Employees say they deserve what they are paid because of hazardous conditions.
CLEVELAND (AP) -- Collecting money on the Ohio Turnpike can take its toll on workers, who have to cope with frustrated drivers and physical ailments from spending eight-hour shifts in cramped booths.
"It's not pleasant," said Nicki Way, who works at the Interstate 71 interchange in Strongsville. "People who use the turnpike, the majority are rude and nasty. They holler at us and say that turnpike should have been paid for 10 years ago, that it should be free."
The turnpike's 704 toll takers and 293 maintenance workers could become the first workers to go on strike in its 50-year history. They delayed a strike set for a week ago to vote on the turnpike commission's latest contract offer.
Members of Teamsters Local 436 are voting by mail on the proposal and results are expected within a couple of weeks.
Their three-year contact expired Dec. 31 and an extension expired Jan. 17. Key issues in negotiations have been wages and health care issues.
Workers turned down an earlier proposal that would have given them annual raises averaging about 3 percent and required many to start paying some of their health insurance premiums.
Full-time toll booth employees make $33,633 to $45,468 a year, with an average salary of $20 per hour.
At their busiest times, toll takers might handle 1,000 vehicles in an eight-hour shift. The turnpike stretches 241 miles across northern Ohio.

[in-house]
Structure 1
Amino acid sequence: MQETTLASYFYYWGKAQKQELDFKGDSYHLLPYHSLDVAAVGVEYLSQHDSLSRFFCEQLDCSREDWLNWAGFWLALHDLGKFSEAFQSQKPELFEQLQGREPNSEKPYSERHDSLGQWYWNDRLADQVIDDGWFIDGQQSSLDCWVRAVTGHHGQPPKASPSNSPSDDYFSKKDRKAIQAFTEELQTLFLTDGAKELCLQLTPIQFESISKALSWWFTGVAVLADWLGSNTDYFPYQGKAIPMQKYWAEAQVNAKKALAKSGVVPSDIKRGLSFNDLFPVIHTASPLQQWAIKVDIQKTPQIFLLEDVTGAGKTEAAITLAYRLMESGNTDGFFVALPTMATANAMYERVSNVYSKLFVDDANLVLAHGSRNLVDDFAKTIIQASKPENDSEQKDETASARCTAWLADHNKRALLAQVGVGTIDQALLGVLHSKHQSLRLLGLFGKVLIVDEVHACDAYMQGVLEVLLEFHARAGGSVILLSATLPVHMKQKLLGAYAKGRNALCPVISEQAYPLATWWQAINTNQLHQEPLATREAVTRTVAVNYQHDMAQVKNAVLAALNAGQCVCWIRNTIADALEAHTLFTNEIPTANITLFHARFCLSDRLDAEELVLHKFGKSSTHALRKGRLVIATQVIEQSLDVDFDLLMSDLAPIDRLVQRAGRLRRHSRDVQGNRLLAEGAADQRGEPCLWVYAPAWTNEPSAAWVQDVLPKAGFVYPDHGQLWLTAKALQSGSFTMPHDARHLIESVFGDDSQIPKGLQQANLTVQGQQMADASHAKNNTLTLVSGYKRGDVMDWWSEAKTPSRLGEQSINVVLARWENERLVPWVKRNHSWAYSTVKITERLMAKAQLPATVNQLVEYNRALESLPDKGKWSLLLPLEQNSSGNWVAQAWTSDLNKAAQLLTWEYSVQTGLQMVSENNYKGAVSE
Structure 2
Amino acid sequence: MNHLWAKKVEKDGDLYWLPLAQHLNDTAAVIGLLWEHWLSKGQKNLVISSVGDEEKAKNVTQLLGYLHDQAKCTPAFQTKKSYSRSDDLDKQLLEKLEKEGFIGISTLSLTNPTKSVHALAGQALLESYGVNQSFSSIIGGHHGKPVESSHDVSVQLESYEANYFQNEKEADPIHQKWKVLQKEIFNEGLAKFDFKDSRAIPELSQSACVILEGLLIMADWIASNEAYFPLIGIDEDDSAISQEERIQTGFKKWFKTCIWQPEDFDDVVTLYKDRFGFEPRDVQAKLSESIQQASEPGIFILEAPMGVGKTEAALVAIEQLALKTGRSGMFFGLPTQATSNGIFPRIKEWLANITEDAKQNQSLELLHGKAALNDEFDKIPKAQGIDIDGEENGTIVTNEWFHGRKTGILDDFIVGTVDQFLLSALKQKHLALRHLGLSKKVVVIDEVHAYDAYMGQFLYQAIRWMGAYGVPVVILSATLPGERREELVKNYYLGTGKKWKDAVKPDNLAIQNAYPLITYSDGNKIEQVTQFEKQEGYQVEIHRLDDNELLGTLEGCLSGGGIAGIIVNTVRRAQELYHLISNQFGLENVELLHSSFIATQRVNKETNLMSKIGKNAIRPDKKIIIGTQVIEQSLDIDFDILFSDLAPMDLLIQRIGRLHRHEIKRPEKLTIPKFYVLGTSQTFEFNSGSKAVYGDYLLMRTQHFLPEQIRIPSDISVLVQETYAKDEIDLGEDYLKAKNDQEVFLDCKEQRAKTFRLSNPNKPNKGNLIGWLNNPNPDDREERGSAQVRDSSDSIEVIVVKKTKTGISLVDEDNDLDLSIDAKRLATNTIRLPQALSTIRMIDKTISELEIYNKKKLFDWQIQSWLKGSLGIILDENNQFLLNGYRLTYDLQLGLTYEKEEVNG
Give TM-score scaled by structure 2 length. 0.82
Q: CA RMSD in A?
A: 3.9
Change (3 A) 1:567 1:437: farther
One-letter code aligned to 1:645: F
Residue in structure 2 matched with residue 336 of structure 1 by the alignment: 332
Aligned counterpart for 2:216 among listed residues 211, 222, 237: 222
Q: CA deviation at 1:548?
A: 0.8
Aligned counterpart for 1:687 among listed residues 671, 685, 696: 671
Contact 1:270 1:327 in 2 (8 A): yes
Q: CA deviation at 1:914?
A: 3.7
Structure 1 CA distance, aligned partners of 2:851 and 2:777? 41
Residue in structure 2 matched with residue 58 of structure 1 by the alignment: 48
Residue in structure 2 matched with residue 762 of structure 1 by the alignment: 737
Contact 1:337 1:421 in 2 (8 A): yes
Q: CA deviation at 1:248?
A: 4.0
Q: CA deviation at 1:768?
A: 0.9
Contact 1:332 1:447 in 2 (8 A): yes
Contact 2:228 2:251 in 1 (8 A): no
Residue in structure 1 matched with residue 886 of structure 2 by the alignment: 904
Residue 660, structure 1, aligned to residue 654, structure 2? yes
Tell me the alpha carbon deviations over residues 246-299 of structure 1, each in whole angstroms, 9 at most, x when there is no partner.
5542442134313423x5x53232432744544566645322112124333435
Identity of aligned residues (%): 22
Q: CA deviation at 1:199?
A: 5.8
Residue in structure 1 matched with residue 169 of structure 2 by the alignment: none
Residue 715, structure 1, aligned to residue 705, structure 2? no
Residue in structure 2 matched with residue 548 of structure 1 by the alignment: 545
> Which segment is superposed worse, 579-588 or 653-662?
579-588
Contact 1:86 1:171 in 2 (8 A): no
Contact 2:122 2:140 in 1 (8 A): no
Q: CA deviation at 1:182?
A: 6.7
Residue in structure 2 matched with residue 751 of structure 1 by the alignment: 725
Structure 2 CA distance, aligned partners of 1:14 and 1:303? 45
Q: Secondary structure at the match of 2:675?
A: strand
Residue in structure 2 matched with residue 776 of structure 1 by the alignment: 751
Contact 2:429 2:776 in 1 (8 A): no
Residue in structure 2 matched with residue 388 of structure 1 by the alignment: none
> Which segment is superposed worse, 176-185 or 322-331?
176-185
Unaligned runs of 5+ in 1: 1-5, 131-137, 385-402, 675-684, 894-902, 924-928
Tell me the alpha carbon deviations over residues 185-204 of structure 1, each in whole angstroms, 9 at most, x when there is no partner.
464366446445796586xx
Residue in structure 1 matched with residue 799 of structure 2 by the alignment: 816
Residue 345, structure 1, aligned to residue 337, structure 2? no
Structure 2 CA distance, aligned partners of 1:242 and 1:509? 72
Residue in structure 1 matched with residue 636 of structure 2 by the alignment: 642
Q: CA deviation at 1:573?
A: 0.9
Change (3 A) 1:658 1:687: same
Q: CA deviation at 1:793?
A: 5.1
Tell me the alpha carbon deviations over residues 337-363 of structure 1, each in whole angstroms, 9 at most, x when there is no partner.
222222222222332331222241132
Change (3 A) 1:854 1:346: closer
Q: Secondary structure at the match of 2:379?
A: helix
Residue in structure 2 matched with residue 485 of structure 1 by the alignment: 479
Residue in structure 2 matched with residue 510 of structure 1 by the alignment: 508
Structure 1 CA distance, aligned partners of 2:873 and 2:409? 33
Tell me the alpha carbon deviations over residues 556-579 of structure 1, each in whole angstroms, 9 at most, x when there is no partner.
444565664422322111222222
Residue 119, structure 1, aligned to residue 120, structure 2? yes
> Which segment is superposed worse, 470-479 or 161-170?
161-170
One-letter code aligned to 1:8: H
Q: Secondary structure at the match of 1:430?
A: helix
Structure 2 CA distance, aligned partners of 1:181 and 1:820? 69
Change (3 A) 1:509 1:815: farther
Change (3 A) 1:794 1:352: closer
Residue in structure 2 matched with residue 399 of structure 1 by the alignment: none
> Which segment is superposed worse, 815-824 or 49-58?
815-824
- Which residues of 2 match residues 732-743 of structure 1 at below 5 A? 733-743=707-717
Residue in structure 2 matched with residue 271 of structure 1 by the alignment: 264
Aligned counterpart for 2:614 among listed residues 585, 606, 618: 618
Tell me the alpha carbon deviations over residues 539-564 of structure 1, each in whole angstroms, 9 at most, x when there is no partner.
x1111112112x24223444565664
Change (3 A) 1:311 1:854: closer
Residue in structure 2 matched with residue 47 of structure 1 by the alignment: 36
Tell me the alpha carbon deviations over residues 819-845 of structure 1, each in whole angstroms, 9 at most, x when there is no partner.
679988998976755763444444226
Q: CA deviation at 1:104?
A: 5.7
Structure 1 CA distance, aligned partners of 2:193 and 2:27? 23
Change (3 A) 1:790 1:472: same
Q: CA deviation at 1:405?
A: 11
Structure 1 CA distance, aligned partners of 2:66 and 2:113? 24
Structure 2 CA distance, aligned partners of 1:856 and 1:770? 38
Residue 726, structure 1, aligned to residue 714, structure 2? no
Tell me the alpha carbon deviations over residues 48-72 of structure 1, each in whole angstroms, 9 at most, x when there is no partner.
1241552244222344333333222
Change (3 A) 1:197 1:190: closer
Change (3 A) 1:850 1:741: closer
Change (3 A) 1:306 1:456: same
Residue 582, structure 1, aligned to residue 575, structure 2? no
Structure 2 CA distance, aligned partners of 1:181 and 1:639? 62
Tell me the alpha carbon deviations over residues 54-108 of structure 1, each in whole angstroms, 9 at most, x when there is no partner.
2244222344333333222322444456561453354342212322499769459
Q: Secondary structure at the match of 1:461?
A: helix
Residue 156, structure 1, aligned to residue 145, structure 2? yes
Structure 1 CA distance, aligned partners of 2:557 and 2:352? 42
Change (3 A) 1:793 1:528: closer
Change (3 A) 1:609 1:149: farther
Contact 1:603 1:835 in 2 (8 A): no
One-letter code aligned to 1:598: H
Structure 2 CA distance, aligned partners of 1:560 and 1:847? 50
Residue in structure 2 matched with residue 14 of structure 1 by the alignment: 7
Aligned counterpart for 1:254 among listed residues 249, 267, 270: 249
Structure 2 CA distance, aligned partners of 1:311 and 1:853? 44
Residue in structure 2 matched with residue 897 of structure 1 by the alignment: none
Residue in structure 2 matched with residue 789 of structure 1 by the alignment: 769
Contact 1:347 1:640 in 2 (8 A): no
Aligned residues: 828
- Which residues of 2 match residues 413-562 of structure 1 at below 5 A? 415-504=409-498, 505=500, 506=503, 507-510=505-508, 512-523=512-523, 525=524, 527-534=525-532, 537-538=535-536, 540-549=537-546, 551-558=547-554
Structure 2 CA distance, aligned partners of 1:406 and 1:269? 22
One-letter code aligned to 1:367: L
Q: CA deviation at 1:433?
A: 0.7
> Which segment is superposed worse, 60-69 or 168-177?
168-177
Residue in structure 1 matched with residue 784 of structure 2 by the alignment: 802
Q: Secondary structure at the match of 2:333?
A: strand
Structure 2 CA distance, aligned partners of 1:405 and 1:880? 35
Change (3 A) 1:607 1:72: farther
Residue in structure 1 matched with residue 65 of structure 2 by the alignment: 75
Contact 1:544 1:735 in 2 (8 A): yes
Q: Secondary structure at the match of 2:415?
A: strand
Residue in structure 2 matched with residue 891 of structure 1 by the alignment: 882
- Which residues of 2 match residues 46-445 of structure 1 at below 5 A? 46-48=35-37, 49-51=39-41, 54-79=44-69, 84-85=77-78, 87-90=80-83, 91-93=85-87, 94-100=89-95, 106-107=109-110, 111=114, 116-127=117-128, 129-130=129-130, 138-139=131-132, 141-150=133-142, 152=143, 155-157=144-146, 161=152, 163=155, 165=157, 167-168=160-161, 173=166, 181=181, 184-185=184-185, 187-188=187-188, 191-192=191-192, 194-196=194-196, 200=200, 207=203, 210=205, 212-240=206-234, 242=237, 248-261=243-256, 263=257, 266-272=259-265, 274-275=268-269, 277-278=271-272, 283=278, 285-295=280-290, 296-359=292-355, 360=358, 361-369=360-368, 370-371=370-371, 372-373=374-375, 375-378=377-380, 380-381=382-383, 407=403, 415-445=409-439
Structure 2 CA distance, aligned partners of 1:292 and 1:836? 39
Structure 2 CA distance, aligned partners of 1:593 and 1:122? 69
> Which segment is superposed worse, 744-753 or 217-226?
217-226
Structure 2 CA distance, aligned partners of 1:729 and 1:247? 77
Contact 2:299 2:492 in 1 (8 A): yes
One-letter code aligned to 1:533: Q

More than a fourth of the 323 full-time turnpike employees have been on the job for at least 20 years.
"I love it," said Wayne Gauman, who collects tolls at the I-77 interchange in Richfield. "I like dealing with people. It's quick. It goes by fast."
But some say there also are drawbacks.
Besides coping with sometimes angry motorists, toll takers often get backaches from leaning in and out of their booths. Workers are allowed to sit and read during down time and can play a radio, but they always have to stand while collecting. The turnpike recently put in new pads for workers to stand on.
Alisha Urbina, a part-time collector in Perrysburg, said she likes her job and believes she is paid well, but doesn't think it's carefree work. Recently, a truck caught fire while she was on duty and a colleague used a fire extinguisher to put it out, she said.
"You have fumes and hazardous-material conditions. For those reasons, I believe that's why we are paid what we are paid," she said.